Tuesday, 3 February 2015
The protection of shipping does not come without hazards and threats for military forces, individual civilian ship operators and crews. With particular focus on security threats, this thesis is about how to prepare for such operations without introducing unnecessary risks, i.e., supporting conscious risk-taking related to ship security. It examines both civilian and military aspects of maritime security and therefore draws from the experience of both fields.
Maritime safety regulations, guidelines and methods have a history and culture of systematic research, development and implementation. In contrast, international security is highly politicised and therefore less transparent. Unfortunately, comprehensive studies of ship security risk are rare. Moreover, applying risk-based approaches to security areas requires special considerations, and the limited research in this field has led to a knowledge gap.
To reduce the identified challenges with respect to security risk analysis, the goal of this thesis is to improve security decision support by defining an approach to ship security analysis. To increase overall safety, this approach must facilitate compromises between traditional maritime safety and maritime security. Accordingly, the objective is to develop an approach that is both systematic and gives the decision maker an appropriate picture of the security risks. To examine the requirements for a security decision-support approach, the work in the appended papers studies both threats to naval vessels and the security threat posed to commercial vessels by pirates.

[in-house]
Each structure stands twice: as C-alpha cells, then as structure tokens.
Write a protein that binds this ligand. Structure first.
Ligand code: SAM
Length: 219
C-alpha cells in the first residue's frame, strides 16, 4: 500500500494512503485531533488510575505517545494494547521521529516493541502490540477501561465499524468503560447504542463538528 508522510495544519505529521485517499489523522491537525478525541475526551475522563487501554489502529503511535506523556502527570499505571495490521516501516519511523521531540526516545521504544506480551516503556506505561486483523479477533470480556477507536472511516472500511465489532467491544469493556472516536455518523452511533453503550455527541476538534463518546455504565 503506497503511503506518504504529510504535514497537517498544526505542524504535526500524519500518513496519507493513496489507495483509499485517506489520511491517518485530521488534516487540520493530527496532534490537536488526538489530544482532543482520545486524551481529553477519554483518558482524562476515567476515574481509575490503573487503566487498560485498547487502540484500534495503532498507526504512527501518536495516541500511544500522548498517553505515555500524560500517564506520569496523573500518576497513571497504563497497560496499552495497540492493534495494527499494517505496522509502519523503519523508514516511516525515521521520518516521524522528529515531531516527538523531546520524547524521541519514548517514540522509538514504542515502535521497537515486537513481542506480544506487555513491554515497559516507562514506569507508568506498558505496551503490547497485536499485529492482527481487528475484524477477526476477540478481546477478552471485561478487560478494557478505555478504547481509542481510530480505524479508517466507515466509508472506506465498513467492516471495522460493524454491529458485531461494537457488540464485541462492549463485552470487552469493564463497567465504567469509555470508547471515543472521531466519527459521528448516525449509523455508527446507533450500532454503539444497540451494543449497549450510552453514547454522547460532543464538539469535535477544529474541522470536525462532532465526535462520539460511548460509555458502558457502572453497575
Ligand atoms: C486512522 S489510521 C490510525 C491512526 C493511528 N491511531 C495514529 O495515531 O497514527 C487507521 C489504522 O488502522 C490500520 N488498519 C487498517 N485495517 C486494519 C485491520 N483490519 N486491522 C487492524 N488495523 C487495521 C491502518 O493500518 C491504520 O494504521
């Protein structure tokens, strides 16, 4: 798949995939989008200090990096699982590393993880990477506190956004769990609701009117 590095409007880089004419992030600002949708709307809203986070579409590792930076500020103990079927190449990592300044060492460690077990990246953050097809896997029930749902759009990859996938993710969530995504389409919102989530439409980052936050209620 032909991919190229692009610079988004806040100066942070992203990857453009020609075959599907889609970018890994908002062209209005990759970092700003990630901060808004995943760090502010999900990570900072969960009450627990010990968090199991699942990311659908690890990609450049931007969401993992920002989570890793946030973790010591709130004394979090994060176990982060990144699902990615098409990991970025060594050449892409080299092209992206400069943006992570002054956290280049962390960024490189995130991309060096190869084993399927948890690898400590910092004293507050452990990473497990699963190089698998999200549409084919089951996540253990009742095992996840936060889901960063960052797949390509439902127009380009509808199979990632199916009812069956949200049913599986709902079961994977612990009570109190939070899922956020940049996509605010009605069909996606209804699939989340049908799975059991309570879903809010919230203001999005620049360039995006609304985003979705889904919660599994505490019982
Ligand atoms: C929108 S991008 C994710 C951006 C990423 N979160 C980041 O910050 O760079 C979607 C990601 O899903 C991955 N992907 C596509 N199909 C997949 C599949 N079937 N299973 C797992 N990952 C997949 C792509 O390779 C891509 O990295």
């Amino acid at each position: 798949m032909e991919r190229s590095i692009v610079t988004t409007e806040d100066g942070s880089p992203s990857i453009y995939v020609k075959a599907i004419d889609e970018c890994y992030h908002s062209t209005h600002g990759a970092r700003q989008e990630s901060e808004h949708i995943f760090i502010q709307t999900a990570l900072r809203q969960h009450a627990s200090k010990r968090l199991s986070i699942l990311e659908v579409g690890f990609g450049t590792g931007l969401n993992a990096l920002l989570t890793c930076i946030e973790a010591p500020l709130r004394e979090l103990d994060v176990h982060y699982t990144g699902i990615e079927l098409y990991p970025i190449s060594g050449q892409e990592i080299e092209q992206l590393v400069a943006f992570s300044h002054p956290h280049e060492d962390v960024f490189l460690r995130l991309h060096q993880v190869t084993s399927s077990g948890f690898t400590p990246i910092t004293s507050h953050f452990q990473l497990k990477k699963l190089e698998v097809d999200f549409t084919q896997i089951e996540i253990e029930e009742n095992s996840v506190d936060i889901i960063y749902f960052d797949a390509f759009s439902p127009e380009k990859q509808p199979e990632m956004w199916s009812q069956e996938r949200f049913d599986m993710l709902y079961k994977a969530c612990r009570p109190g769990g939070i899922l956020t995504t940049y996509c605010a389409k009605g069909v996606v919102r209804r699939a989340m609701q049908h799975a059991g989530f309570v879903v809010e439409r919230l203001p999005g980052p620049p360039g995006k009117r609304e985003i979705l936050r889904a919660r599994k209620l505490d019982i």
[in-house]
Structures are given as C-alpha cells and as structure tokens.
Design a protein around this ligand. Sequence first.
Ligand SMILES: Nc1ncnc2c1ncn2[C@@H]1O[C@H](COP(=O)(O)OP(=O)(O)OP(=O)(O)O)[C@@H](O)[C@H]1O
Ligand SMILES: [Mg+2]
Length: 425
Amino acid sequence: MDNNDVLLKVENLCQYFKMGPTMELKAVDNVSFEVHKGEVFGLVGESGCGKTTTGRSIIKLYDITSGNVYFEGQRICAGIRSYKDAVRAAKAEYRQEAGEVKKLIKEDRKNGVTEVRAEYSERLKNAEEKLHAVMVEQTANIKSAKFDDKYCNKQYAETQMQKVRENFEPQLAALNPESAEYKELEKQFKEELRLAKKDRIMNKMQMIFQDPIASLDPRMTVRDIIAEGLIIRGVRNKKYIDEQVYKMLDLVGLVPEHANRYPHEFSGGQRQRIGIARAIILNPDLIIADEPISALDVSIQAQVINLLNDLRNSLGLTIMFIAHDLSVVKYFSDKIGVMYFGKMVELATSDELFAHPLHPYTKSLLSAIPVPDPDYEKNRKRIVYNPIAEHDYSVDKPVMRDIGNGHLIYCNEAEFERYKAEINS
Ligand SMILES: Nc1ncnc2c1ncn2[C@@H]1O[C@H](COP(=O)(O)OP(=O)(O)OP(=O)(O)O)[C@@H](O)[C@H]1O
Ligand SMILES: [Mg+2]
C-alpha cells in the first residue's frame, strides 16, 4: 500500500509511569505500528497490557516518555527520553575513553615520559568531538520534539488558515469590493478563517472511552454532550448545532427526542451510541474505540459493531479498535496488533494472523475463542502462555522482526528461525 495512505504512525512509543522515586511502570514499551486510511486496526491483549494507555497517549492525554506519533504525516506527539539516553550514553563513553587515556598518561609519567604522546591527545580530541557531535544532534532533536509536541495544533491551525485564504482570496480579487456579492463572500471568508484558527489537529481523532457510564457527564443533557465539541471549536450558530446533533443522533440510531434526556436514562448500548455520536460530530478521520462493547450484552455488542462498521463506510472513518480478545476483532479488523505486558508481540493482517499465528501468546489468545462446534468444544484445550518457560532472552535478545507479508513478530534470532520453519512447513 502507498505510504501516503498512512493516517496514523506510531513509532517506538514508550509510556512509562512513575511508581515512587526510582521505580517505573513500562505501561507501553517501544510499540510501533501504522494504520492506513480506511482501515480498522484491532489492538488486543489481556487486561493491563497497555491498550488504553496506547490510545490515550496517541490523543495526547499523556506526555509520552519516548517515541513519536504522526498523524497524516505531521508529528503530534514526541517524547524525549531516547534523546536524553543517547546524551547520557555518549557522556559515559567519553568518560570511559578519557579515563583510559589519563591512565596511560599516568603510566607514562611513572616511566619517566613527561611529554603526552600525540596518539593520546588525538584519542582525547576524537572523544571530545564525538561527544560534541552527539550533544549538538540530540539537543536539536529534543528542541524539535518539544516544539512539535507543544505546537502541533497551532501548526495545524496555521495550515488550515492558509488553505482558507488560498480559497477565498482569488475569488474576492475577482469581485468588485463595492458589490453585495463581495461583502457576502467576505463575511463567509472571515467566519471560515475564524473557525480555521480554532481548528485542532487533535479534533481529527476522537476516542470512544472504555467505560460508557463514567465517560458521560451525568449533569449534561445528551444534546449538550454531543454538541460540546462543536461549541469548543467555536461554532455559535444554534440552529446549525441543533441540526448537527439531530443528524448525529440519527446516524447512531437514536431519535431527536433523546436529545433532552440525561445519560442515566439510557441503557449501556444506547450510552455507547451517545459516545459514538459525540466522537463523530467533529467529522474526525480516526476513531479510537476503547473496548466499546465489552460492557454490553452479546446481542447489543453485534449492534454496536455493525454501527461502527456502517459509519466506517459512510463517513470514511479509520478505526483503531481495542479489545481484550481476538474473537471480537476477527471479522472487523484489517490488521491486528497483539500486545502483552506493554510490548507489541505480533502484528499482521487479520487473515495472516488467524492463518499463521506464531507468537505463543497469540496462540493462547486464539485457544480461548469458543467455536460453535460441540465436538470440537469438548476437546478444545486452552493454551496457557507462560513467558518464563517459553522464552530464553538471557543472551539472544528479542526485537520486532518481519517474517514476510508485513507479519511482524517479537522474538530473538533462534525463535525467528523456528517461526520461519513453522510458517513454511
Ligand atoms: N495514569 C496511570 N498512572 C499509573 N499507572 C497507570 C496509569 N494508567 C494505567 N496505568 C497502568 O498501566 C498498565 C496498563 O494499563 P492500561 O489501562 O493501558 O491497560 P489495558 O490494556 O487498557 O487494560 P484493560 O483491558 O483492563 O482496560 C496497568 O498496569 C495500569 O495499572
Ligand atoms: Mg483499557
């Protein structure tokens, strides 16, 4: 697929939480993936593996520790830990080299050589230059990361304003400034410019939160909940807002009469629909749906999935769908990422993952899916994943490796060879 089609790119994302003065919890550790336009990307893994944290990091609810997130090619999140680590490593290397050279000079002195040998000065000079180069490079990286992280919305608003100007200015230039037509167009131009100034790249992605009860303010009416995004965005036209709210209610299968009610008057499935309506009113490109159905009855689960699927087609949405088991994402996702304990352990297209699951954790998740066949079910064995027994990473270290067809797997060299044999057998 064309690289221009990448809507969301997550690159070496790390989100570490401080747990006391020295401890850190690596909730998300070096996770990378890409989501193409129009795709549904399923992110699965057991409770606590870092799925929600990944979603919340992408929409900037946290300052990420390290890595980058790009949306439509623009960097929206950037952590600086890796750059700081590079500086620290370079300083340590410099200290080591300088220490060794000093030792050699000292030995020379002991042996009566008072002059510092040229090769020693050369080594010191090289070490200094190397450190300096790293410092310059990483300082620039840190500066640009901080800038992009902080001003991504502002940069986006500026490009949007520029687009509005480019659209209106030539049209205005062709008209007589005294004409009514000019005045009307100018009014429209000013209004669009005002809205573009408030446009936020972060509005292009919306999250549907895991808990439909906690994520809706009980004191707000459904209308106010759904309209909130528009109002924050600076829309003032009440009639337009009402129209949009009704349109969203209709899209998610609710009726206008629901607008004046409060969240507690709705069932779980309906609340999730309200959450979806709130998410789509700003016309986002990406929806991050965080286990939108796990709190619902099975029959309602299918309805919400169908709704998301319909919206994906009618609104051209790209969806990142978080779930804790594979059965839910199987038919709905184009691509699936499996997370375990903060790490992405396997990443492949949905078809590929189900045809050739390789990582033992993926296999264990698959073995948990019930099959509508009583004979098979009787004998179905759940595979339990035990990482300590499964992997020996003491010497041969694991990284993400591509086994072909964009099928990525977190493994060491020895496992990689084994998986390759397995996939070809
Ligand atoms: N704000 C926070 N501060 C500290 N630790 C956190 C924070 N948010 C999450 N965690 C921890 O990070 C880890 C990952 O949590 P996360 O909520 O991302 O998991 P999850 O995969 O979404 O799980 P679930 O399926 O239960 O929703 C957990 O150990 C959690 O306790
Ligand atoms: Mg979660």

The results of the studies can be used to further develop military doctrines and civilian guidelines. This study shows that the description and quantification of the (concept of) operation in the risk analysis is central for implementing both security and naval ship survivability. In addition, the crew’s risk perception, procedural safeguards and how the implemented risk controls are perceived have an important role not only in risk analysis but also in deciding the effectiveness of implemented controls. It is also concluded that only using expected values—not collecting and using uncertainties—in the analysis can lead to misleading results. Therefore, the uncertainty treatment offered by a quantitative approach is crucial for risk understanding, especially if the aim is to find robust control options or to support the development of a resilient culture.
The Thesis was defended in public on March 12th for the Degree of Doctor of Philosophy at the Department of Shipping and Marine Technology, Chalmers University of Technology. The faculty opponent was Dr. Rolf Skjong, DNV GL, Norway.